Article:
Claustra Alpium Iuliarum

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Claustra Alpium Iuliarum highlighted on a map of the Roman Empire
Location of Claustra Alpium Iuliarum outposts with modern national borders of Slovenia and neighbouring countries.

Claustra Alpium Iuliarum (Latin for 'Barrier of the Julian Alps'; hereby, the term Julian Alps refers to the wider mountainous and hilly region from the Julian Alps to the Kvarner Gulf) was a defense system within the Roman Empire between Italia and Pannonia that protected Italy from possible invasions from the East.[1] It secured the Postojna Gate, the land link between the eastern and western part of the empire, and thus the Claustra represented an inner border defense of the empire.[2] Unlike a linear limes, the Claustra consisted of a series of interconnected fortifications with its center at Castra ad Fluvium Frigidum (in the area of today's town of Ajdovščina, the Vipava Valley); other important fortresses were Ad Pirum on today's Hrušica Plateau and Tarsatica, now a part of the city of Rijeka. They had been governed from the town of Aquileia.

Development[edit]

In the year 6 the Great Illyrian Revolt took place threatening the Roman heartland. Subsequently, in order to protect Italy, a series of walls and fortifications were gradually erected around the area of the strategic Postojna Gate.[1] Most of the construction was done after 284 under Diocletian and Constantine I.[2] Although this development was done subsequent to a major invasion of Northern Italy by the Alemanni in 271, Whittaker indicates that inner fortification lines were primarily aimed to secure the internal stability of the empire rather than keeping barbarians out.[2] The fortification system included Forum Iulii (in the area of today's Cividale del Friuli), Tarsatica (in the area of today's Rijeka) and followed the valley of the Idrijca river. It stretched over the Postojna Gate to the hills south of Emona (in the area of today's Ljubljana). In-depth fortifications along the Roman road Via Gemina started at the fortress of Castra ad Fluvio Frigido (the remains of which are today still visible in Ajdovščina), which was the centre of the system,[3] and ended at Nauportus (in the area of today's Vrhnika). The hill fortress of Ad Pirum was typically manned with 500 soldiers but could keep up to 100,000 soldiers. Ad Pirum’s walls were unearthed by Austrian and Italian archeologists and shown to be at a height of 8 m and a thickness of 2 m; the wall towers were 10 m high.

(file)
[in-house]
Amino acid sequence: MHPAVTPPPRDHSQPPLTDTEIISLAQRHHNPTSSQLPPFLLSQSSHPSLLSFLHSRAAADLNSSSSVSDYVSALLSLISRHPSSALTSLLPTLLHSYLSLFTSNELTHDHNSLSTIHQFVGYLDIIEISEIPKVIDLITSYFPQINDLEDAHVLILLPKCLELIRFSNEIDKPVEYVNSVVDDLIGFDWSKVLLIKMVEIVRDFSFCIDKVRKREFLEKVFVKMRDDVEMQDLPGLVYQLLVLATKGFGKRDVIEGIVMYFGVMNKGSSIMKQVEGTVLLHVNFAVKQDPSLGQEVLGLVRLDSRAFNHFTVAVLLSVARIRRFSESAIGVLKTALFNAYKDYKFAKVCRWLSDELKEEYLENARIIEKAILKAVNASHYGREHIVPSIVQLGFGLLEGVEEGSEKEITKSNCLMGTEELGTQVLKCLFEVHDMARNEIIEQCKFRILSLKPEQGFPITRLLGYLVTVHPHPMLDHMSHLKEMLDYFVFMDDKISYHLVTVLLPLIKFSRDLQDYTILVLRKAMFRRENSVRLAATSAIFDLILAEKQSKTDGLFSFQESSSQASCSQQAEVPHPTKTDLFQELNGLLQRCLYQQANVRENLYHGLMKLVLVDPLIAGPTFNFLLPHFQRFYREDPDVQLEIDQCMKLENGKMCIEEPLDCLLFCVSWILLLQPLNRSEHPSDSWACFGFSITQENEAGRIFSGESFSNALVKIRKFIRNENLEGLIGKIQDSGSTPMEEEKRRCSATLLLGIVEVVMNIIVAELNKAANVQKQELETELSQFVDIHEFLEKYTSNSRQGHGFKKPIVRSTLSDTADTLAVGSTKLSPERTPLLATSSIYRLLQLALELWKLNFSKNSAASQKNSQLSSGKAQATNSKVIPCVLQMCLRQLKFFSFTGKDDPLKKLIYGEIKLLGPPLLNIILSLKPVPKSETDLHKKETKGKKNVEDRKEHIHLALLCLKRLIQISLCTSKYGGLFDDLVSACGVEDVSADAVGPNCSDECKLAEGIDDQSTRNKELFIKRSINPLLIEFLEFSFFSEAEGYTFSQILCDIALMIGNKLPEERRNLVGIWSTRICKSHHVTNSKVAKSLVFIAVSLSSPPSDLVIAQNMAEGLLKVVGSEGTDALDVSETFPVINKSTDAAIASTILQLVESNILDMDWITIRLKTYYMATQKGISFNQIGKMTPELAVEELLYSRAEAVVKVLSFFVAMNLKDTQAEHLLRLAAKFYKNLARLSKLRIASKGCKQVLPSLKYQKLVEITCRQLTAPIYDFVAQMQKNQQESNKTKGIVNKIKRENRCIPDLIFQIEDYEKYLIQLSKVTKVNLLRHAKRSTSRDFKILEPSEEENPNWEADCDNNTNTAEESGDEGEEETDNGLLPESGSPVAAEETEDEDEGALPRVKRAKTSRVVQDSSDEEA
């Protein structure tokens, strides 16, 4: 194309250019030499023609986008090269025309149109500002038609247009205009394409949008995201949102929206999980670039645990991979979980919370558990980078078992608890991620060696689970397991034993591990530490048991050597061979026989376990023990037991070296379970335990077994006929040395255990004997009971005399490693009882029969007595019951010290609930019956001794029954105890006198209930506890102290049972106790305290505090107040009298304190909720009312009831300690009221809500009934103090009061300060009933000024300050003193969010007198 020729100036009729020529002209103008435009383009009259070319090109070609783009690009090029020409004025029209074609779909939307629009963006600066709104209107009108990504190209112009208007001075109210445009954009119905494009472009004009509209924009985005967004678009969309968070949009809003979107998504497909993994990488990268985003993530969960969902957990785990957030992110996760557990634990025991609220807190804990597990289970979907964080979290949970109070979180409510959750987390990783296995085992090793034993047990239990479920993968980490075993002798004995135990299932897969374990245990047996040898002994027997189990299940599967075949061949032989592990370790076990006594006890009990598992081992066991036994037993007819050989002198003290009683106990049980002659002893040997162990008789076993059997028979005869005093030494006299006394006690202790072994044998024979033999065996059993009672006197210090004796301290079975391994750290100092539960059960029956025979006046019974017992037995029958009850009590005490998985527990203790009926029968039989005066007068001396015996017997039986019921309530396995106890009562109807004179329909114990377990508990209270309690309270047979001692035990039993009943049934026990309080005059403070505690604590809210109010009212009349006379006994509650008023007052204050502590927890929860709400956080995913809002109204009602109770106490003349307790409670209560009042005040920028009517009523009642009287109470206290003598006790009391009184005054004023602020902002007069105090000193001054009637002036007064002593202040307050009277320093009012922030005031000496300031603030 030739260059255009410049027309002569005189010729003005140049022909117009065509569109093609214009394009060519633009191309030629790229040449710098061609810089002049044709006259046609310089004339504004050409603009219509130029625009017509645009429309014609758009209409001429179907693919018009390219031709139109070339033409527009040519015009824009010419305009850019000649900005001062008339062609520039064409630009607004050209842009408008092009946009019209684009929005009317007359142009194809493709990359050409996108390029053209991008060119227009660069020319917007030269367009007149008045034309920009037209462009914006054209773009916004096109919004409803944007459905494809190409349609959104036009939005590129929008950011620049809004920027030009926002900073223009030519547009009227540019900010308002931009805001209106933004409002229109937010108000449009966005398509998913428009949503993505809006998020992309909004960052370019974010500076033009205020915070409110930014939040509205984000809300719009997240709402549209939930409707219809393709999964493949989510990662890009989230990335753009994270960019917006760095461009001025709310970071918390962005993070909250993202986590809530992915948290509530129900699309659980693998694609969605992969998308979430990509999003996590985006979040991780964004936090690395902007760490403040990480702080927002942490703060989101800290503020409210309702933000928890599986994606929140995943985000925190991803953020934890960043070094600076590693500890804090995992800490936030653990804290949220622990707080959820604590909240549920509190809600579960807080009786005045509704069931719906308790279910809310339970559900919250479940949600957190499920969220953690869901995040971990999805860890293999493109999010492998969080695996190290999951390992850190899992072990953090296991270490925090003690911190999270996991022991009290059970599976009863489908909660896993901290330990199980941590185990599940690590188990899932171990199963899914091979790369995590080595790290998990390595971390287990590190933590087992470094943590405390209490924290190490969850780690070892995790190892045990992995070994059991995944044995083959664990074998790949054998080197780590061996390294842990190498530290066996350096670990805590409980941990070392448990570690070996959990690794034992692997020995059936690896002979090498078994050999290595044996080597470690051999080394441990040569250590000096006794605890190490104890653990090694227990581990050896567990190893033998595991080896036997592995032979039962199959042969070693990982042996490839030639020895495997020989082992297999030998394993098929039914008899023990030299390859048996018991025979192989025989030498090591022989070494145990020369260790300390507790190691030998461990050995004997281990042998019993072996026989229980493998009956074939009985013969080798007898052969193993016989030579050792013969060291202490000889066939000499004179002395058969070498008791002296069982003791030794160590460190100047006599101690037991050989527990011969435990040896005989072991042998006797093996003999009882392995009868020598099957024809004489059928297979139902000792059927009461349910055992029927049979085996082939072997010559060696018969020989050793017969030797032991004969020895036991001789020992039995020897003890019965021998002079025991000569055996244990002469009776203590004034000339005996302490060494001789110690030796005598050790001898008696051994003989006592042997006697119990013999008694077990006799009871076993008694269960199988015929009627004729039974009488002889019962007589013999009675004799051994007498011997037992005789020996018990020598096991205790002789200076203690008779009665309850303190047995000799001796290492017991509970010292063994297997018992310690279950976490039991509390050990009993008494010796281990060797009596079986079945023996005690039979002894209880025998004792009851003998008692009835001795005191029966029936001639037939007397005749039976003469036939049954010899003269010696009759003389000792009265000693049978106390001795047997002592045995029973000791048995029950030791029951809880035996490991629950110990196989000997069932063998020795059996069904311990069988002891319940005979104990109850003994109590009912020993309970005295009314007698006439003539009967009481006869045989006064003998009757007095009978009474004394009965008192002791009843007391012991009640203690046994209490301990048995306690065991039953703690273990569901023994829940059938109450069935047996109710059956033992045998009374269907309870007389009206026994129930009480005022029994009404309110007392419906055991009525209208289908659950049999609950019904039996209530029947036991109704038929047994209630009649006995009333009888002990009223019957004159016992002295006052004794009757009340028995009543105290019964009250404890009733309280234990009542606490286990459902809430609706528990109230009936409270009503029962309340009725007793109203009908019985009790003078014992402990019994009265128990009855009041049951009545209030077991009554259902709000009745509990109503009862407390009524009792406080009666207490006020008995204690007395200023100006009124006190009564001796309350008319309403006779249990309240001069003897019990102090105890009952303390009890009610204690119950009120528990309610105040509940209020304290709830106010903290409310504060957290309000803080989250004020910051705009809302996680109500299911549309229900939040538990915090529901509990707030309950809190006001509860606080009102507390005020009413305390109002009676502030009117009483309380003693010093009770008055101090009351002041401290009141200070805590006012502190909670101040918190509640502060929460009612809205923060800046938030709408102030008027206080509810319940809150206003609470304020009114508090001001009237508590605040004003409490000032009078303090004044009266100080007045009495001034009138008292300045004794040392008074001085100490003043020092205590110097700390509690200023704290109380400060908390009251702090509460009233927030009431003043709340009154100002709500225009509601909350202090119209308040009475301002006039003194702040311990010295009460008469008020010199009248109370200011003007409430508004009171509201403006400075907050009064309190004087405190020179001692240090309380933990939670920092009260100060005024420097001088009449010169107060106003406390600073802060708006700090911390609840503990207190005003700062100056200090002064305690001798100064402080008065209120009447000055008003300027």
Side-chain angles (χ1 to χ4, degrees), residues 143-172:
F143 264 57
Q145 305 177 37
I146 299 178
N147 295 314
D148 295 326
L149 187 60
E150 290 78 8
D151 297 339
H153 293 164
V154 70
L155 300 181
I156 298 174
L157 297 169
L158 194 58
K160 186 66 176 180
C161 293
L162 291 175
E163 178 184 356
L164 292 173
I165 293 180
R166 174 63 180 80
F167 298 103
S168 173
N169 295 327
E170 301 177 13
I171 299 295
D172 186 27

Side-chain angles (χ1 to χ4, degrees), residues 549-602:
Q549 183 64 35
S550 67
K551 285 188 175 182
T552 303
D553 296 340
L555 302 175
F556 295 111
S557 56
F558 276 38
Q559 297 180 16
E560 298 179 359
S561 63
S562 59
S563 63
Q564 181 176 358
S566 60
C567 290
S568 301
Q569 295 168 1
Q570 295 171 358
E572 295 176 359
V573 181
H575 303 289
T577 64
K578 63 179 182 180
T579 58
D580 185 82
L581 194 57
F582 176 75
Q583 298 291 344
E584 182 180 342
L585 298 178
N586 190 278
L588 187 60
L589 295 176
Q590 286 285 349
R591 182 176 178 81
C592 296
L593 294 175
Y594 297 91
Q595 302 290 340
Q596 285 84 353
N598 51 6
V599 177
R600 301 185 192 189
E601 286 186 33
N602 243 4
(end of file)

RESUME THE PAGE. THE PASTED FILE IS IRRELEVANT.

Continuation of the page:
Battles[edit]

Castra Alpium Iuliarum saw a number of battles. Early fortifications may have been useful in 169 when the Marcomanni attempted to enter Italy but proved inadequate when the Alemanni invaded Italy in 271. In 351 Constantius II took Ad Pirum during his fight against his challenger Magnentius. Most importantly, the Battle of the Frigidus took place in 394 between Castra and Ad Pirum. In this battle the eastern emperor Theodosius I prevailed over his western rival Eugenius and by his victory secured Christianity as the main religion of the empire.

After the 5th century the Roman fortifications fell into disrepair. Today selected sections have been restored by archeologists.

Further reading[edit]

References[edit]

  1. ^ a b Potocnik AJ. "Claustra Alpium Iuliarum". Archived from the original on May 24, 2010. Retrieved July 21, 2010. [permanent dead link]
  2. ^ a b c C.R.Whittaker. Frontiers of the Roman empire. A social and economic study. Baltimora & London, 1997. p. 197. 
  3. ^ Pavlin, Primož. "Poznoantična utrdba Kastra (Ajdovščina)" [The Late-Antique Fortification of Castra (Ajdovščina)]. DEDI - enciklopedija naravne in kulturne dediščine na Slovenskem (in Slovenian). Retrieved 8 April 2014. 

External links[edit]

Coordinates: 45°51′49″N 14°6′42″E / 45.86361°N 14.11167°E / 45.86361; 14.11167